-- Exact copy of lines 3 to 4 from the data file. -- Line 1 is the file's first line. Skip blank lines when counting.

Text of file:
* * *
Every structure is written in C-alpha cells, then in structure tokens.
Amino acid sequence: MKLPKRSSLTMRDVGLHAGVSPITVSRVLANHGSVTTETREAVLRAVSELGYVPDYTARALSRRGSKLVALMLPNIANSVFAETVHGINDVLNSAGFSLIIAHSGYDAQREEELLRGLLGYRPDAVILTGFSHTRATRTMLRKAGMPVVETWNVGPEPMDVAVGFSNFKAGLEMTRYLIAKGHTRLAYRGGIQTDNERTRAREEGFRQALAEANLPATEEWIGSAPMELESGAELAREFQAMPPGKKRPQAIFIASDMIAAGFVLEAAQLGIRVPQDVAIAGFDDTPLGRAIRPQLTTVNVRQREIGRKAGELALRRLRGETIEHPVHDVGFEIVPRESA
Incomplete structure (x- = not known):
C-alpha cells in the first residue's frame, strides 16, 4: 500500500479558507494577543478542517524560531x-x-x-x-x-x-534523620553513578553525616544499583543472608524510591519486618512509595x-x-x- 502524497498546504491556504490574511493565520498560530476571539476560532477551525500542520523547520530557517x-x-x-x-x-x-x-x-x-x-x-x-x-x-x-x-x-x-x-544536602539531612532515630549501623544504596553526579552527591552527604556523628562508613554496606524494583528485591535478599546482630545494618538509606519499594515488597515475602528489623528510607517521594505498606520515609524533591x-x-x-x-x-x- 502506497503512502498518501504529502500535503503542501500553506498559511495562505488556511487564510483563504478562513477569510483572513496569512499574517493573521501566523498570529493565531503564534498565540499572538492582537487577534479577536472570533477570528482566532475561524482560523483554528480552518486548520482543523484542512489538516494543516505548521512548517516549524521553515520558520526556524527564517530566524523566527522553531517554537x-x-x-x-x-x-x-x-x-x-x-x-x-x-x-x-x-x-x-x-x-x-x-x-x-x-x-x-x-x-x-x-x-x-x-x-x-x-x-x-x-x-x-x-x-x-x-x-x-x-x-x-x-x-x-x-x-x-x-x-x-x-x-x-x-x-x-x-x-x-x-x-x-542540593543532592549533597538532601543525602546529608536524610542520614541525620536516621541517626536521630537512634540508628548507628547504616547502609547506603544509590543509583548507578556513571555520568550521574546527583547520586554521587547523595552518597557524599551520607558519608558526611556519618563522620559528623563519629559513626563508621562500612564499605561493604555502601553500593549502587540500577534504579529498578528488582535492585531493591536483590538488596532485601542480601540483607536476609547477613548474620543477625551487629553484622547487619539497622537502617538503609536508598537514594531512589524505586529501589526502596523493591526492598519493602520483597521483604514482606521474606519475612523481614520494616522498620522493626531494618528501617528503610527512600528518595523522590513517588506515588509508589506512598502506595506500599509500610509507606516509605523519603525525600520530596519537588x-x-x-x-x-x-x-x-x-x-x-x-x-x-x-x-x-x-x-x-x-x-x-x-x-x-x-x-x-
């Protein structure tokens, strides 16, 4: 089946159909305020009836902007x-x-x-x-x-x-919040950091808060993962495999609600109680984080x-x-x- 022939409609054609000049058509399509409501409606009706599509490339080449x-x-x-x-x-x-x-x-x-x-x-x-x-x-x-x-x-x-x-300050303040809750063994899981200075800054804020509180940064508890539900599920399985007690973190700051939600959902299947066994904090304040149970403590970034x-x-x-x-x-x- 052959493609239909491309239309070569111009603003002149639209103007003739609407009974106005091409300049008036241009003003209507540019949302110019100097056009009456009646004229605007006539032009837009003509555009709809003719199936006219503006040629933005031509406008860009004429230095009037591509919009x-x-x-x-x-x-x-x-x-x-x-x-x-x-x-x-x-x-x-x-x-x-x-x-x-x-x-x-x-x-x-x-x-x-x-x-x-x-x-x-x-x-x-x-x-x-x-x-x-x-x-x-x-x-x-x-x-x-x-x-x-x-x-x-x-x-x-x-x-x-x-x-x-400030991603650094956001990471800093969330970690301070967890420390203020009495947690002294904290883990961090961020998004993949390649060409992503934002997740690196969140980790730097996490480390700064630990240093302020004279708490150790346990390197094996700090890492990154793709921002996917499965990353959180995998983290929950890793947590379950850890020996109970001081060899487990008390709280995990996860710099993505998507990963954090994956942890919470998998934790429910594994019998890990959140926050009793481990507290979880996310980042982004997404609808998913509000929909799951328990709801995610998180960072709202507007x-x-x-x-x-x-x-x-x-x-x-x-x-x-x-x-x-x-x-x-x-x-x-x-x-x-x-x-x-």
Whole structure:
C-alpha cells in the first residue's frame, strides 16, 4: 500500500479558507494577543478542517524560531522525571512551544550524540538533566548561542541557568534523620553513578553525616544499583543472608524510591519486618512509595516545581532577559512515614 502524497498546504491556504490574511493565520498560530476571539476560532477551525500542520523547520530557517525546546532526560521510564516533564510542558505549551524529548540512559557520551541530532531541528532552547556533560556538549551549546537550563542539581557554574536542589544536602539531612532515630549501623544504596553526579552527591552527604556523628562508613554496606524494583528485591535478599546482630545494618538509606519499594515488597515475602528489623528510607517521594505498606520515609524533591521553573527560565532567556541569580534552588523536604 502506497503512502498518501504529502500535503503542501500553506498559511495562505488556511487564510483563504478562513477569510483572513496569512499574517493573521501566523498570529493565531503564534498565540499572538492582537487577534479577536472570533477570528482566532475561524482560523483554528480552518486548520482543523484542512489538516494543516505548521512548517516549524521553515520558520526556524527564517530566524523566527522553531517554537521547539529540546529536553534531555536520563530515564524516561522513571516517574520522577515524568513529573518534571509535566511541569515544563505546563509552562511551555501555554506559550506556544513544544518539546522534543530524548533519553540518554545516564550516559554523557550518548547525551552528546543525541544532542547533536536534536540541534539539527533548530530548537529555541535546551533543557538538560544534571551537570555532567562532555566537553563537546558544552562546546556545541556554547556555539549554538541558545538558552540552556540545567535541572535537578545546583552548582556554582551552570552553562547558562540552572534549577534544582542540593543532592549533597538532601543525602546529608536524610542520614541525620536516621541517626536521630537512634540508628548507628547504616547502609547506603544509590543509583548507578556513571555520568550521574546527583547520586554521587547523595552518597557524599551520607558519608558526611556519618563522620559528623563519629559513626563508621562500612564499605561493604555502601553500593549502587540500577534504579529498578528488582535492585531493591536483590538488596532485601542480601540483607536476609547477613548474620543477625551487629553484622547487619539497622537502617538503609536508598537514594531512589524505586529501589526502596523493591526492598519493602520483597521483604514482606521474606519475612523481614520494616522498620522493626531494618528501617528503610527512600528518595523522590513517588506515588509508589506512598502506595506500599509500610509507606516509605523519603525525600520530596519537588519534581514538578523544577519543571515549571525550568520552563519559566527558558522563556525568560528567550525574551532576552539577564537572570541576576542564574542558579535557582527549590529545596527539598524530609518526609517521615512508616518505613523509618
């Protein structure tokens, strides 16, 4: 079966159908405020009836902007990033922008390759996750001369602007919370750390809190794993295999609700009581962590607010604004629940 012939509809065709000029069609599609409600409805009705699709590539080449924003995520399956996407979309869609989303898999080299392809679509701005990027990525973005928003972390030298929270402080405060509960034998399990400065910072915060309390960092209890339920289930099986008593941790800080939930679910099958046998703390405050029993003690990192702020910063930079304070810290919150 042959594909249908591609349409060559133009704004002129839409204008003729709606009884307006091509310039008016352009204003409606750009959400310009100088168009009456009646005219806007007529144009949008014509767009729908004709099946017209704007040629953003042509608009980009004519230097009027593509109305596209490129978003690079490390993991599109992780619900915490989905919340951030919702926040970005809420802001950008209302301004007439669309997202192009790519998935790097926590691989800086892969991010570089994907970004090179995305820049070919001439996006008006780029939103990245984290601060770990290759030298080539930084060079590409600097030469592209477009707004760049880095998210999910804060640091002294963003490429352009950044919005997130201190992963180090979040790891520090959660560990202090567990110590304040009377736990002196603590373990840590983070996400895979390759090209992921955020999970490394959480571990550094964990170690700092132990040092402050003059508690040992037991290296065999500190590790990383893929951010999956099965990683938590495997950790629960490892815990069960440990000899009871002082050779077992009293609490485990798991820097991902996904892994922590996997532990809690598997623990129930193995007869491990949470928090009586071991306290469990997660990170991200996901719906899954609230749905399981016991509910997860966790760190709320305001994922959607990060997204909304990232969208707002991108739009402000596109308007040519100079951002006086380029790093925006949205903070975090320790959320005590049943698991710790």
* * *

Incomplete structure (x- = not known):
C-alpha cells in the first residue's frame, strides 16, 4: 500500500479558507494577543478542517524560531x-x-x-x-x-x-534523620553513578553525616544499583543472608524510591519486618512509595x-x-x- 502524497498546504491556504490574511493565520498560530476571539476560532477551525500542520523547520530557517x-x-x-x-x-x-x-x-x-x-x-x-x-x-x-x-x-x-x-544536602539531612532515630549501623544504596553526579552527591552527604556523628562508613554496606524494583528485591535478599546482630545494618538509606519499594515488597515475602528489623528510607517521594505498606520515609524533591x-x-x-x-x-x- 502506497503512502498518501504529502500535503503542501500553506498559511495562505488556511487564510483563504478562513477569510483572513496569512499574517493573521501566523498570529493565531503564534498565540499572538492582537487577534479577536472570533477570528482566532475561524482560523483554528480552518486548520482543523484542512489538516494543516505548521512548517516549524521553515520558520526556524527564517530566524523566527522553531517554537x-x-x-x-x-x-x-x-x-x-x-x-x-x-x-x-x-x-x-x-x-x-x-x-x-x-x-x-x-x-x-x-x-x-x-x-x-x-x-x-x-x-x-x-x-x-x-x-x-x-x-x-x-x-x-x-x-x-x-x-x-x-x-x-x-x-x-x-x-x-x-x-x-542540593543532592549533597538532601543525602546529608536524610542520614541525620536516621541517626536521630537512634540508628548507628547504616547502609547506603544509590543509583548507578556513571555520568550521574546527583547520586554521587547523595552518597557524599551520607558519608558526611556519618563522620559528623563519629559513626563508621562500612564499605561493604555502601553500593549502587540500577534504579529498578528488582535492585531493591536483590538488596532485601542480601540483607536476609547477613548474620543477625551487629553484622547487619539497622537502617538503609536508598537514594531512589524505586529501589526502596523493591526492598519493602520483597521483604514482606521474606519475612523481614520494616522498620522493626531494618528501617528503610527512600528518595523522590513517588506515588509508589506512598502506595506500599509500610509507606516509605523519603525525600520530596519537588x-x-x-x-x-x-x-x-x-x-x-x-x-x-x-x-x-x-x-x-x-x-x-x-x-x-x-x-x-